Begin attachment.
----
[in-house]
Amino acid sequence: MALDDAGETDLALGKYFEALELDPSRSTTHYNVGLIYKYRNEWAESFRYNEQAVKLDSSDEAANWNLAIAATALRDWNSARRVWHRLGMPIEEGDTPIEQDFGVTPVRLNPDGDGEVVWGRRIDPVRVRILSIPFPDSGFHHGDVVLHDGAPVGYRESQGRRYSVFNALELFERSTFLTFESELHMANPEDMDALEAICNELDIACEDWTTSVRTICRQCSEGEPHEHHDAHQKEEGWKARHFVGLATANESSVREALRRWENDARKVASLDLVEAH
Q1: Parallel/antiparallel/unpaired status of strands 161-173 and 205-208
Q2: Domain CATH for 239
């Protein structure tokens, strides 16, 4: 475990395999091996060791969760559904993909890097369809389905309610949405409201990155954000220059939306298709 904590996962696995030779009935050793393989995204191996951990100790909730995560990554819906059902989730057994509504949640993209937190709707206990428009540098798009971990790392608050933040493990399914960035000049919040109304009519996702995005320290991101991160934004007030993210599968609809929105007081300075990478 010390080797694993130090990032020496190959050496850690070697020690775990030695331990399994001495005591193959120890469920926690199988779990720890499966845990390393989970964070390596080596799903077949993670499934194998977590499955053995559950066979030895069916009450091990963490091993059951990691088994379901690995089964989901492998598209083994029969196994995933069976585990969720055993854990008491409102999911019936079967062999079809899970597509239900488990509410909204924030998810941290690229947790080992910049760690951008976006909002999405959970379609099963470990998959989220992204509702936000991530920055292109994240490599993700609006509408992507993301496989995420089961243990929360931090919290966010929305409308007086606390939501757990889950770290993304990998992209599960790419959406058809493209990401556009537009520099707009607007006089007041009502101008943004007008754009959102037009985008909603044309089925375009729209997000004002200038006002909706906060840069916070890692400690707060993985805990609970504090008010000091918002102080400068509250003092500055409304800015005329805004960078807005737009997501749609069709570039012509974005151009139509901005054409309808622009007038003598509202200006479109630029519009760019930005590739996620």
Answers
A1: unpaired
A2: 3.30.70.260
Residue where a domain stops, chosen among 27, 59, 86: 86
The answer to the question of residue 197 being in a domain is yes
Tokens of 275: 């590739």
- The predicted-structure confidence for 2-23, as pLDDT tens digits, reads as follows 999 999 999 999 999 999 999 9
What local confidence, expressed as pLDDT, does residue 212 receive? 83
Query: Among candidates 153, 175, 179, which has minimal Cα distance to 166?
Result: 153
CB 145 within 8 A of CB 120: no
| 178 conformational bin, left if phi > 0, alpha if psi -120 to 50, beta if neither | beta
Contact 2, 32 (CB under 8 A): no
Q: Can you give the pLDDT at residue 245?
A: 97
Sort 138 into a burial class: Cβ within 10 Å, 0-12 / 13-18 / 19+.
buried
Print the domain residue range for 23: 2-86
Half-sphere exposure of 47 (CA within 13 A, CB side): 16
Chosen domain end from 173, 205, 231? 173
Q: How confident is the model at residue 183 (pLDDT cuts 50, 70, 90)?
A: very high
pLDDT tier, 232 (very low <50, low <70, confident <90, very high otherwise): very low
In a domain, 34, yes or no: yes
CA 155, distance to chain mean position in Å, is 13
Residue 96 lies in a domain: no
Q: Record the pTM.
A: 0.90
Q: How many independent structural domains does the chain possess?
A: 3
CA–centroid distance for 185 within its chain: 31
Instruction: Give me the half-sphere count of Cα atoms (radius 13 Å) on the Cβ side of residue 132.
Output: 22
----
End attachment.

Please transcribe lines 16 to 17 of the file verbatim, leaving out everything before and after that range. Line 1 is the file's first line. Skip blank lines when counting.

CB 145 within 8 A of CB 120: no
| 178 conformational bin, left if phi > 0, alpha if psi -120 to 50, beta if neither | beta